In The Best Way to Combat Climate Change is Compromise, Chris Turner makes some great points that most thoughtful climate activists would agree with. Yes, it will take decades to make the transition to clean renewable energy. And no one is expecting the oil/tar sands to shut down immediately. What climate activists are calling for is alignment between energy policy and climate policy, which will inevitably lead to a managed decline in the oil/tar sands rather than the continued expansion that industry and government promote. Turner recognizes that “Canada has always tried to have it both ways.” That era is over, at least when it comes to the inherent contradiction between endless fossil fuel expansion and credible climate action.
What is troubling about this article is its framing that we are all complicit. Turner asserts that “I’m as fully complicit in the long rule of oil as anyone. As everyone.” There is some truth to this, but it conveniently ignores that some of us are more complicit than others, and some of us have benefited from the long rule of oil more than others. How are First Nations on the front lines of oil patch development in Alberta as complicit as investors who have become unimaginably wealthy from these projects, while escaping their immediate impacts? Aside from the “tics” that psychologically isolate us from the reality of climate change, beyond the politics that favour compromises over bold actions, there is a dark underbelly: a long campaign by fossil fuel interests to delay effective climate action by spreading misinformation and doubt about climate change science. This campaign was brilliantly described by Harvard historian of science Naomi Oreskes (recently interviewed on the CBC Radio program Ideas) and is helping fuel lawsuits alleging illegal behaviour by ExxonMobil and other big oil players.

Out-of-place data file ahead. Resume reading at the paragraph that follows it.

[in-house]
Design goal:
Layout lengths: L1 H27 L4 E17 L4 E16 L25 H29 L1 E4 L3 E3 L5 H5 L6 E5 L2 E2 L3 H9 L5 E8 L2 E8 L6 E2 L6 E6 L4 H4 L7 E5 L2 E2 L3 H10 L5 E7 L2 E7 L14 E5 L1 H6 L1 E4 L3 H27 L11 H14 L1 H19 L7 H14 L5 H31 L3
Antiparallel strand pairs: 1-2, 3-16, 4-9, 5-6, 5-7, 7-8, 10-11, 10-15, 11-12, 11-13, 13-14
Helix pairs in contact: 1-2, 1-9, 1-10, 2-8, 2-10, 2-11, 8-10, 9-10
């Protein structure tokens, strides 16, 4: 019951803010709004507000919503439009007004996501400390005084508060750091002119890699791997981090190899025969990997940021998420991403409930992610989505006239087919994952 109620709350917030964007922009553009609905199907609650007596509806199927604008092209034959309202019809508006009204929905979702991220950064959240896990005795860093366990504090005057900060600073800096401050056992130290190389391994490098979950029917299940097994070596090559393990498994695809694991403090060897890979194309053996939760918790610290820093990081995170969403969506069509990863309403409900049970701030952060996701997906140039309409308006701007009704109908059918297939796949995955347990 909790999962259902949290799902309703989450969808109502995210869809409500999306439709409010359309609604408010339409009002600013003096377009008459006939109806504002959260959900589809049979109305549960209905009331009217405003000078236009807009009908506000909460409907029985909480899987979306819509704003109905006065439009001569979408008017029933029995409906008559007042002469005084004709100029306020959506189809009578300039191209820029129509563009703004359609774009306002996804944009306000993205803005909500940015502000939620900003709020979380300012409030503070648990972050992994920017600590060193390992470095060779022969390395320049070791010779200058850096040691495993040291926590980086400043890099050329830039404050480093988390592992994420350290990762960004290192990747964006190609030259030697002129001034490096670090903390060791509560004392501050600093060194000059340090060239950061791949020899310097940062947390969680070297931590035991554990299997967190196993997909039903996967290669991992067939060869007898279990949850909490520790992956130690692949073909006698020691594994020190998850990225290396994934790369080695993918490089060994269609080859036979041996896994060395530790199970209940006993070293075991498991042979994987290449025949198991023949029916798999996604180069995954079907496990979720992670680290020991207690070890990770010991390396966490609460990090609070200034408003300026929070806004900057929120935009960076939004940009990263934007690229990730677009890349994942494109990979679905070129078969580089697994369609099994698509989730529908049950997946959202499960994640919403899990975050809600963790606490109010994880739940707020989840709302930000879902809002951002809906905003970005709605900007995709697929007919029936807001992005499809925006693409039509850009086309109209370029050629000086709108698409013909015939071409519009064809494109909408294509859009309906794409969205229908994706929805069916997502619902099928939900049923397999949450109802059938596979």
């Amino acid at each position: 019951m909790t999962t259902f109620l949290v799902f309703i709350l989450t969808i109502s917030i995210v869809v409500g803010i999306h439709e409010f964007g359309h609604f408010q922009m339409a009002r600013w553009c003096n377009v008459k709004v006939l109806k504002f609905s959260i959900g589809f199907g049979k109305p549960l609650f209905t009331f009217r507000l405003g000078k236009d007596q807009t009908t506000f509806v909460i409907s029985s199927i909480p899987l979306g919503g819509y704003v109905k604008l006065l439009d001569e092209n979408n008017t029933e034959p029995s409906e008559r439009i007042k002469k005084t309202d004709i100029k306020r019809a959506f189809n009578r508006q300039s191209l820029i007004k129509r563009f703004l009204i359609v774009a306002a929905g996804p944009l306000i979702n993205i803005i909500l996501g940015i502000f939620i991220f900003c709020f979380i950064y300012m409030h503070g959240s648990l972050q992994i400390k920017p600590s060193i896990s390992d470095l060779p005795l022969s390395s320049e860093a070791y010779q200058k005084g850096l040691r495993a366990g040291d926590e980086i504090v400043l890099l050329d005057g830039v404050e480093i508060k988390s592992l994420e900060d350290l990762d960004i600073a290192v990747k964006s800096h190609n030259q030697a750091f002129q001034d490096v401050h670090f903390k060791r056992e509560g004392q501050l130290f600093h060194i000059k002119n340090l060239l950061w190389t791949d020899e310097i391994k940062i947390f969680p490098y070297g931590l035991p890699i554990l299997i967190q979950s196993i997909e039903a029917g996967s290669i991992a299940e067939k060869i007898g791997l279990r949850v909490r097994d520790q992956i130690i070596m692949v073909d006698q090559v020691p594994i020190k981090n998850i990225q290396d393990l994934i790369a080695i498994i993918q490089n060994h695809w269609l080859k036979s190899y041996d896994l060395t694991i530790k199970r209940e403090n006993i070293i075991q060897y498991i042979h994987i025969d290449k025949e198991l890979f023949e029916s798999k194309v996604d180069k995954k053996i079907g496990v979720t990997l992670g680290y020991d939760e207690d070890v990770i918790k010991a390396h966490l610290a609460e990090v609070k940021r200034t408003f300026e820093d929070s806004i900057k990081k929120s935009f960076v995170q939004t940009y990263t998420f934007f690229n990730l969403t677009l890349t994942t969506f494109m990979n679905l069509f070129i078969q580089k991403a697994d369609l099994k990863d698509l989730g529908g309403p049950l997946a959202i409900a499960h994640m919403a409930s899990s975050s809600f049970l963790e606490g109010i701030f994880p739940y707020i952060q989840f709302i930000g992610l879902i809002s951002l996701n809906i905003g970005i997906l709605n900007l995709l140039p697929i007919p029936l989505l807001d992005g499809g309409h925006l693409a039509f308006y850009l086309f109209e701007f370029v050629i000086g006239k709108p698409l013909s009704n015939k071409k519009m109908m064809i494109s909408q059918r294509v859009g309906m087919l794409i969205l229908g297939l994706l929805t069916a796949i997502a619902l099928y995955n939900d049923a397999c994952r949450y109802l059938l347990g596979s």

While this dark underbelly may not align with Turner’s historical narrative of Canadian compromise, it must be recognized and confronted before we can work together for an energy system that acknowledges natural limits and provides economic benefits for all Canadians. Perhaps looking to historic compromises is the wrong model. Instead, we could look to the “stretch collaboration” framework proposed by Adam Kahane in his book Collaborating with the Enemy: How to Work with People You Don’t Agree With or Like or Trust. Stretch collaboration includes three dimensions. First, we need to embrace conflict and connection. We may have all benefited from fossil fuel development, but some have benefited more than others. We ignore this at our peril. The second stretch is to experiment a way forward. No living person has experienced the momentous shift in energy systems that we are going through. We need to have some humility and recognize no one has all the answers. Finally, as Turner points out, we are all in this together. We can’t change the behaviour of others, we can only change our own. In Kahane’s words, “If you’re not part of the problem, you can’t be part of the solution.”